Borrowing From 401K

Borrowing From 401k To Finance Your Business

How To Borrow From 401k To Finance Your Business

There are many ways to use 401k funds to finance your business, but it involves a very complicated process and is not the same as just writing a check to yourself. There are important legal steps that need to be followed.

It is better to get the assistance of a financial planner, as this is not something you should attempt to do on your own. The third-party retirement plan administrator would set up a corporate retirement account. You can then roll over your retirement accounts in the corporate plan, and then invest the proceeds in the company’s stock.
This is not an easy thing to do and there are significant risks involved when plan to borrow from your 401k  as venture capital to finance your business. There is a risk of losing not just your business, but all of your retirement savings along with it. Then there is a possibility of being penalized by the IRS.
Even so, there are many who use your 401k to finance their business. There are essentially three ways to do it – distribute the money, roll the money into a corporate retirement account and take a loan against the 401k. Let’s briefly look at each of the methods.

Method #1: Distribute Assets from your 401k

First, ask your 410k plan administrator to set up a distribution package. You will be given two options, a partial withdrawal or a complete withdrawal, depending on how much money you need.
The distributions are added to your annual gross income and any distribution before reaching the age of 59 years 6 months carry an automatic federal withholding of 20 percent as well as a 10 percent IRS penalty, apart from income taxes. You can now use the money to finance your business.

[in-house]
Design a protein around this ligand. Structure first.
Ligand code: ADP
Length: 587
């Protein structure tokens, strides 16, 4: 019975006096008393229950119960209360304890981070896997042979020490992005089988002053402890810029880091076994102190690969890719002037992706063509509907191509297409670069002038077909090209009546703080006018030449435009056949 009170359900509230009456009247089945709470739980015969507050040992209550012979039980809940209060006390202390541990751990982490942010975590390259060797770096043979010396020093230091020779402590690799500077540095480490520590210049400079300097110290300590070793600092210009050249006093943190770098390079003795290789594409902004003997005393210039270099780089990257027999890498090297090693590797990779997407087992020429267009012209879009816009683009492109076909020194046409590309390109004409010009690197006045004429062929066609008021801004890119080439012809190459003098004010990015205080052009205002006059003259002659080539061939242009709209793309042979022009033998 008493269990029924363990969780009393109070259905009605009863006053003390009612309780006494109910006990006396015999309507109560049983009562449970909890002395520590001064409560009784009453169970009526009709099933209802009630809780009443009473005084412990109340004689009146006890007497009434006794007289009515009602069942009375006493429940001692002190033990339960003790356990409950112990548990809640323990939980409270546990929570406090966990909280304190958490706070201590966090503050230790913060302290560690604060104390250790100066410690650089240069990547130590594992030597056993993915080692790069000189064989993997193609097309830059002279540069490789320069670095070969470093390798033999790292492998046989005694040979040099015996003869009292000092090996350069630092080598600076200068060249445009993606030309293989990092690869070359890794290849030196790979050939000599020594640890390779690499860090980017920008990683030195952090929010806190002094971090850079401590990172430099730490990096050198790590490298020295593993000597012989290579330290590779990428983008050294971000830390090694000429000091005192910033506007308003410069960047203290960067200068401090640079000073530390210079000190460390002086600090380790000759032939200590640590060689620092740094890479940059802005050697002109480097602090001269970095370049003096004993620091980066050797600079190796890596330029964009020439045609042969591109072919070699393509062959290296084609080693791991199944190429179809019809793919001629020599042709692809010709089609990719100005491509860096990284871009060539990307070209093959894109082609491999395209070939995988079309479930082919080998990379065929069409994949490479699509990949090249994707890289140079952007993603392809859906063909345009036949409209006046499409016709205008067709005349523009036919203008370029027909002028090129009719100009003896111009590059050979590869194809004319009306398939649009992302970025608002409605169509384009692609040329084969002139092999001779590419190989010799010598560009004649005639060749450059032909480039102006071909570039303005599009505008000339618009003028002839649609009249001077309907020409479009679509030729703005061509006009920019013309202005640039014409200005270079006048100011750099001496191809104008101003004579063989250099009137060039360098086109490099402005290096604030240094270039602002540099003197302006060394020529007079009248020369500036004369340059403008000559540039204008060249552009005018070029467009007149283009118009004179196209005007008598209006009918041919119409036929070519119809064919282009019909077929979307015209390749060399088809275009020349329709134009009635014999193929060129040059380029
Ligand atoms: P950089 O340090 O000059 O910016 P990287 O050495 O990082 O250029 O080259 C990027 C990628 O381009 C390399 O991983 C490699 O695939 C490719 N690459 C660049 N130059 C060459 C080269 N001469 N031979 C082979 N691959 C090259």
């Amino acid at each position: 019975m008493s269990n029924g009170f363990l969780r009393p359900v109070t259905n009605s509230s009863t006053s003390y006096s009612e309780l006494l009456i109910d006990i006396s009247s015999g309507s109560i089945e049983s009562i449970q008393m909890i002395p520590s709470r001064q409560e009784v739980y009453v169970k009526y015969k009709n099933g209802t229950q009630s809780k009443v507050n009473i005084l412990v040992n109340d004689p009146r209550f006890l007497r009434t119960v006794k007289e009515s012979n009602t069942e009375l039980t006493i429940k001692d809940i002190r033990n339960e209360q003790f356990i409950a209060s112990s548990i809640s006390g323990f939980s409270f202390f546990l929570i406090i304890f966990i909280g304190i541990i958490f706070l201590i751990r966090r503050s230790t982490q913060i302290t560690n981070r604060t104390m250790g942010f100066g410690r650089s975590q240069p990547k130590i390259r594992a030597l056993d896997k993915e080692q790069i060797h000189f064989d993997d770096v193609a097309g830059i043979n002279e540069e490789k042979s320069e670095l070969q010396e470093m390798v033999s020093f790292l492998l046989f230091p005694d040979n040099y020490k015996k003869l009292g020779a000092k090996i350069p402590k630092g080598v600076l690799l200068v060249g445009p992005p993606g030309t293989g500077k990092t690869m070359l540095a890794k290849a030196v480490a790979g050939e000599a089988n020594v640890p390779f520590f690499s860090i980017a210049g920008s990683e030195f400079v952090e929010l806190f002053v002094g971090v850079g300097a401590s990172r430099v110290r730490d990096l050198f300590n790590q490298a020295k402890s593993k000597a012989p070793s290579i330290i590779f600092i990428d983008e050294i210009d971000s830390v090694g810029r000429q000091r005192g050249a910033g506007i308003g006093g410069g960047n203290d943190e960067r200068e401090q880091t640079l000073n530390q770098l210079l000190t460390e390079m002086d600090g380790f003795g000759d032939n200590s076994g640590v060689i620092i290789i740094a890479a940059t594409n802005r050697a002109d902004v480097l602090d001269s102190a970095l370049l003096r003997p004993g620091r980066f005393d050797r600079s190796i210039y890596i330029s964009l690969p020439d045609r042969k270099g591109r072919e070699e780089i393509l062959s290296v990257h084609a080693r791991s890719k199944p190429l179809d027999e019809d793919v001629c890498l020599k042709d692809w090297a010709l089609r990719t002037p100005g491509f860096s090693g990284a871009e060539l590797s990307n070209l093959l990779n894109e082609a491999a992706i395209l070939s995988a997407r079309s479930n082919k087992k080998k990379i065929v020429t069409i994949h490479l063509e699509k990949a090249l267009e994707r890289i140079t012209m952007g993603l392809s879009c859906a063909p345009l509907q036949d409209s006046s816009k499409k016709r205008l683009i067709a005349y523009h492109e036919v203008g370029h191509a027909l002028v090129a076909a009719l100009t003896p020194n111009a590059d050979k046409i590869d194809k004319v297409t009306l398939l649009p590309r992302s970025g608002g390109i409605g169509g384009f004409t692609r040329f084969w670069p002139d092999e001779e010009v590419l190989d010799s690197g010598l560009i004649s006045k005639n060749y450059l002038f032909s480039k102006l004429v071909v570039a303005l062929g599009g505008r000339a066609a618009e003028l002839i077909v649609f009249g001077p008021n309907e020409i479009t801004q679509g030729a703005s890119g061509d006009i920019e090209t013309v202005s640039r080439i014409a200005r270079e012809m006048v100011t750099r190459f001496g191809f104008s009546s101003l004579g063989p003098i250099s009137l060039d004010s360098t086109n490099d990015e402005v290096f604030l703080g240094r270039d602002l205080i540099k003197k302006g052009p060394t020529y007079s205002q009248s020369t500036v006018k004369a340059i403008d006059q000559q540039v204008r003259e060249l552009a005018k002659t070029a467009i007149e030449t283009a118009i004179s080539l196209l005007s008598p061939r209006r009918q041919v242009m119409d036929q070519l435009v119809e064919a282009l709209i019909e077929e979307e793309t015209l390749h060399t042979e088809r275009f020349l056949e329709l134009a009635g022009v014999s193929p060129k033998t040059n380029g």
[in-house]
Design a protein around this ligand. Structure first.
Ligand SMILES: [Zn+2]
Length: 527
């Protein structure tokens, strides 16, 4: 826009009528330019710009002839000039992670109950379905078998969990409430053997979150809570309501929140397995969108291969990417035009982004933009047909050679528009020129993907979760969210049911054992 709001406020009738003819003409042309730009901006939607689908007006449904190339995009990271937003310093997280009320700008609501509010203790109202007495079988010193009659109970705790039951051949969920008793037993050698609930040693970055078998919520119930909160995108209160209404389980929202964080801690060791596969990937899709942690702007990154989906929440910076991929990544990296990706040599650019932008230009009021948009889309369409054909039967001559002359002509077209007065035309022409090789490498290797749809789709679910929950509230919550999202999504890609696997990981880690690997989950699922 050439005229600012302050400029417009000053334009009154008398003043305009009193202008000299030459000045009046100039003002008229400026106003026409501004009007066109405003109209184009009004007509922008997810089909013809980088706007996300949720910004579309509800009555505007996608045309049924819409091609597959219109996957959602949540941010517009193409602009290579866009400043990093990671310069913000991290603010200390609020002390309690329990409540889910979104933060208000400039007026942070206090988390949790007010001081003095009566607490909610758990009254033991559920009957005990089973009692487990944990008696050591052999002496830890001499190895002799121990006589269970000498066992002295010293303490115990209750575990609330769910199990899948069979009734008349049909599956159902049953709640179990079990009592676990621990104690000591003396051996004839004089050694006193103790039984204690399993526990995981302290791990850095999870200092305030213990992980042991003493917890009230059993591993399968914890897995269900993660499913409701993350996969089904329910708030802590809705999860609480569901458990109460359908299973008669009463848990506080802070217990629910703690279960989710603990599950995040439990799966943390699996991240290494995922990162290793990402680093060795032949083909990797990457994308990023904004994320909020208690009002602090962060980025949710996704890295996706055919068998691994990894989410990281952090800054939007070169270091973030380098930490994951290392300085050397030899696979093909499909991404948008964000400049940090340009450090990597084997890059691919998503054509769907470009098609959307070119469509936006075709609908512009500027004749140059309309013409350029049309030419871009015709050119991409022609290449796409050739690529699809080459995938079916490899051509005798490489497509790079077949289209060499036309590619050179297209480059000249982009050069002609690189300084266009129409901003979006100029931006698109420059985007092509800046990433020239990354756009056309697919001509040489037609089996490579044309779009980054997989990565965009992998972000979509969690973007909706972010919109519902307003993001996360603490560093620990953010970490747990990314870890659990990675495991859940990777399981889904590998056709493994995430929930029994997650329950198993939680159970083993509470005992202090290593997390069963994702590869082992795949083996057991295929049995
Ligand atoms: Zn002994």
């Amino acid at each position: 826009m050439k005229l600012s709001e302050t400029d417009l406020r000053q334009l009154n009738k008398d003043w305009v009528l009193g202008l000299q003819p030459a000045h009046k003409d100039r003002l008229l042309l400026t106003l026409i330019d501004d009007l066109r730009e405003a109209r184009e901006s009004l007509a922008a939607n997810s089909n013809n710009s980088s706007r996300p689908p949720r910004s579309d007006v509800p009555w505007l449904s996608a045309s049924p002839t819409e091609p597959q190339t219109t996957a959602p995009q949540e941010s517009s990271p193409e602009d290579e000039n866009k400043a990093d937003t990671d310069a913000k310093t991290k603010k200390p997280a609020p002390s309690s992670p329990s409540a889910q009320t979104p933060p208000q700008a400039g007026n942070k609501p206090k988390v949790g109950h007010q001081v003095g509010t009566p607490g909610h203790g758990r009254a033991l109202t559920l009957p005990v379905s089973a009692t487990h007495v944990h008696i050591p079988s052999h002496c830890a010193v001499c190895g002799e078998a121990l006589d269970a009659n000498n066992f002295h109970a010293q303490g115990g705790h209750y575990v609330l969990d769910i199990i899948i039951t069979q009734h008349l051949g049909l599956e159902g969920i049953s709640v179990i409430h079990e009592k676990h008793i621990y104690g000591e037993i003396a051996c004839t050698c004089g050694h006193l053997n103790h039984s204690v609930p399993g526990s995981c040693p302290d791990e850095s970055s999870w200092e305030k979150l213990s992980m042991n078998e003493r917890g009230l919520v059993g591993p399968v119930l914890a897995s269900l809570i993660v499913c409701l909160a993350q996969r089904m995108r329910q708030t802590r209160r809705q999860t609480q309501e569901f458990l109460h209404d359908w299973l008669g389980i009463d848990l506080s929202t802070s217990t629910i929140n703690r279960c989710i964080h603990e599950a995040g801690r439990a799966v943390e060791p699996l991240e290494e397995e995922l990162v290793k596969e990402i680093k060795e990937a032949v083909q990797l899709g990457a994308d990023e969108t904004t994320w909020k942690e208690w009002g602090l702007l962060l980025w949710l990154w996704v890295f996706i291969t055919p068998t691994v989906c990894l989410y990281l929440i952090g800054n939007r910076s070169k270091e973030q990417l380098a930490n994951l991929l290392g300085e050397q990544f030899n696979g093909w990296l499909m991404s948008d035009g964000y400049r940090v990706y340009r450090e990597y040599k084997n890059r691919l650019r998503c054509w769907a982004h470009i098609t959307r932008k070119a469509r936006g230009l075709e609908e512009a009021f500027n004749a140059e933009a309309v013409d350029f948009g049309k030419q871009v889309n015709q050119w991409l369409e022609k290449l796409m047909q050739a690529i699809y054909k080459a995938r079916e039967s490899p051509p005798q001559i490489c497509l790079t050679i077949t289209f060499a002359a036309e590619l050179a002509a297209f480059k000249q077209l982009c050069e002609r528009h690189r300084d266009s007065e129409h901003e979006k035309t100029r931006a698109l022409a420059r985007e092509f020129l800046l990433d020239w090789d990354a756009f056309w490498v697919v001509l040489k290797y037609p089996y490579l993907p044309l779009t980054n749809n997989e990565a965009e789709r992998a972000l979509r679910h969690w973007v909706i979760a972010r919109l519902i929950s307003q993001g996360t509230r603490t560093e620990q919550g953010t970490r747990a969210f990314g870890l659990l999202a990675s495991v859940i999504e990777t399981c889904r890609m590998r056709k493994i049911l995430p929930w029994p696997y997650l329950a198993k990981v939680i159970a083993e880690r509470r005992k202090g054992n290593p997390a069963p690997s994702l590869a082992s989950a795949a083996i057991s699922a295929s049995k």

Method #2: Take a Loan

Ask your 401k plan administrator if your plan allows you to take a loan from the 401k. The IRS permits you to borrow up to 50 percent of your 401k or up to $50,000, tax free. This loan must be repaid within 5 years or upon the termination of the employment with interest. You can take more than one loan at a time. Consult with the financial expert and make sure that you get the loans at the lowest interest. Use the money to finance your business.

Method #3: Rollover into a Business Owner’s Retirement Savings Account

For this, you will need to get in touch with a CPA who handles the rollover of individual retirement accounts (IRA) into a business owner’s retirement savings account. The CPA sets up the account and becomes the plan administrator as well.
Open a new rollover IRA with a new administrator (your CPA) for this. Direct your 401k plan administrator to rollover the funds to the new IRA administrator. An automatic federal withholding of 20 percent will be charged on the indirect rollover. Fill out the paperwork so that the 401k assets are transferred to the rollover IRA.
Next, open a corporation and register it in the state that you reside in. Ask the CPA in charge of the rollover IRA to buy stock in the new corporation with the funds. The money is transferred to the operating accounts of the new corporation, and in return stock certificates are issued to the rollover IRA. The assets, which are now in the operating account, can be used to finance an existing business or buy a new one.

The Bottom Line

As you can see, using the 401k to fund a business is a complex process and an expensive one. Your financial advisor or CPA is likely to charge thousands of dollars to set up a plan for you. So this strategy would make sense only if you are investing a large chunk of your retirement savings into the business.

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